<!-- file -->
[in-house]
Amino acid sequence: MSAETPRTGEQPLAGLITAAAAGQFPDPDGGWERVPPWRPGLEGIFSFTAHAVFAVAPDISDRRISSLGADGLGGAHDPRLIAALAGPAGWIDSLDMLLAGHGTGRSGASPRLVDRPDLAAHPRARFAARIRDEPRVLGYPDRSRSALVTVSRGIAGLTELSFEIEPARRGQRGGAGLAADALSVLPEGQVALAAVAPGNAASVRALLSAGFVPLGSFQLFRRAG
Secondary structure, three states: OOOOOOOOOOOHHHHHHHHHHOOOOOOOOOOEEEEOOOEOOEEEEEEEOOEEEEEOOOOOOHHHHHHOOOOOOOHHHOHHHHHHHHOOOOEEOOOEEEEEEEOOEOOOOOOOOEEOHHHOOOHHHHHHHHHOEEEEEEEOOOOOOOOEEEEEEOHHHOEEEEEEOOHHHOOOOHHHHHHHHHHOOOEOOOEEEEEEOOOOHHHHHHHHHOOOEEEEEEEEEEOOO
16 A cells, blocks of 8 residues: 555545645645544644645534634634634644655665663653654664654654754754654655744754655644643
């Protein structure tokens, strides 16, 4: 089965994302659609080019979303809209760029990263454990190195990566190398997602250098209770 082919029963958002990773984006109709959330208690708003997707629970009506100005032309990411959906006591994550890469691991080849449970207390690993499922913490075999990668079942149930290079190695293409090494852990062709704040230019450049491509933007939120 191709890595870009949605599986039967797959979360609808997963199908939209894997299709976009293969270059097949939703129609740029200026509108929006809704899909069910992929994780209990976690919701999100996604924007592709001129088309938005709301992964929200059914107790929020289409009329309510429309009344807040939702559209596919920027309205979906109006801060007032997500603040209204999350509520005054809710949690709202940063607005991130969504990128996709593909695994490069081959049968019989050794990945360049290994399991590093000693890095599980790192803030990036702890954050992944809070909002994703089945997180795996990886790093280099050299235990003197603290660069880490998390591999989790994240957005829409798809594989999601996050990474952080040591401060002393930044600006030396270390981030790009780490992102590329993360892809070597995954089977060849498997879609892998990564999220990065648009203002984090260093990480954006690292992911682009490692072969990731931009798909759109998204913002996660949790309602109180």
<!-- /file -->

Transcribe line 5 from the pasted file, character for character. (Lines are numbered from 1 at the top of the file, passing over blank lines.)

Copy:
């Protein structure tokens, strides 16, 4: 089965994302659609080019979303809209760029990263454990190195990566190398997602250098209770 082919029963958002990773984006109709959330208690708003997707629970009506100005032309990411959906006591994550890469691991080849449970207390690993499922913490075999990668079942149930290079190695293409090494852990062709704040230019450049491509933007939120 191709890595870009949605599986039967797959979360609808997963199908939209894997299709976009293969270059097949939703129609740029200026509108929006809704899909069910992929994780209990976690919701999100996604924007592709001129088309938005709301992964929200059914107790929020289409009329309510429309009344807040939702559209596919920027309205979906109006801060007032997500603040209204999350509520005054809710949690709202940063607005991130969504990128996709593909695994490069081959049968019989050794990945360049290994399991590093000693890095599980790192803030990036702890954050992944809070909002994703089945997180795996990886790093280099050299235990003197603290660069880490998390591999989790994240957005829409798809594989999601996050990474952080040591401060002393930044600006030396270390981030790009780490992102590329993360892809070597995954089977060849498997879609892998990564999220990065648009203002984090260093990480954006690292992911682009490692072969990731931009798909759109998204913002996660949790309602109180």